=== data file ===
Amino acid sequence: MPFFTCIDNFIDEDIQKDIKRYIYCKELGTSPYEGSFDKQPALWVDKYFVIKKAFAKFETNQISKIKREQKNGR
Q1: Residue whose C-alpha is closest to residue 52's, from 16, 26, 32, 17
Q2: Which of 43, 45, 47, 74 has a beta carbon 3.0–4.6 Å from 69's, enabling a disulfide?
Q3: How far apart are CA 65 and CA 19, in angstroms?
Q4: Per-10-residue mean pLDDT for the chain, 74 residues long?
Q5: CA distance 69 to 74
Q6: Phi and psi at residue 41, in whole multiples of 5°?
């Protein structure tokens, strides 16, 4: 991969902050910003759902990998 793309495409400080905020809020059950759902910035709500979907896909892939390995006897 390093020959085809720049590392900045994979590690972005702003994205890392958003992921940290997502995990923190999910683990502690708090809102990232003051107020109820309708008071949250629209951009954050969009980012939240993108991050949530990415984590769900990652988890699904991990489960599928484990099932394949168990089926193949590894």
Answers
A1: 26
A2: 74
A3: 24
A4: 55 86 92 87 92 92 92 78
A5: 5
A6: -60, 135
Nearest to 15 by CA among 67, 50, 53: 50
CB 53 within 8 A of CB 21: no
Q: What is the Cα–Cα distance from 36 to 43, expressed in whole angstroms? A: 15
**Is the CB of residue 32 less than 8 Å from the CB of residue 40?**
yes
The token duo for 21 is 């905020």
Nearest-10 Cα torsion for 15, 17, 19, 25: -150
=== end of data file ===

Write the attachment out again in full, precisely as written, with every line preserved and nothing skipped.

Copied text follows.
Amino acid sequence: MPFFTCIDNFIDEDIQKDIKRYIYCKELGTSPYEGSFDKQPALWVDKYFVIKKAFAKFETNQISKIKREQKNGR
Q1: Residue whose C-alpha is closest to residue 52's, from 16, 26, 32, 17
Q2: Which of 43, 45, 47, 74 has a beta carbon 3.0–4.6 Å from 69's, enabling a disulfide?
Q3: How far apart are CA 65 and CA 19, in angstroms?
Q4: Per-10-residue mean pLDDT for the chain, 74 residues long?
Q5: CA distance 69 to 74
Q6: Phi and psi at residue 41, in whole multiples of 5°?
């Protein structure tokens, strides 16, 4: 991969902050910003759902990998 793309495409400080905020809020059950759902910035709500979907896909892939390995006897 390093020959085809720049590392900045994979590690972005702003994205890392958003992921940290997502995990923190999910683990502690708090809102990232003051107020109820309708008071949250629209951009954050969009980012939240993108991050949530990415984590769900990652988890699904991990489960599928484990099932394949168990089926193949590894």
Answers
A1: 26
A2: 74
A3: 24
A4: 55 86 92 87 92 92 92 78
A5: 5
A6: -60, 135
Nearest to 15 by CA among 67, 50, 53: 50
CB 53 within 8 A of CB 21: no
Q: What is the Cα–Cα distance from 36 to 43, expressed in whole angstroms? A: 15
**Is the CB of residue 32 less than 8 Å from the CB of residue 40?**
yes
The token duo for 21 is 């905020």
Nearest-10 Cα torsion for 15, 17, 19, 25: -150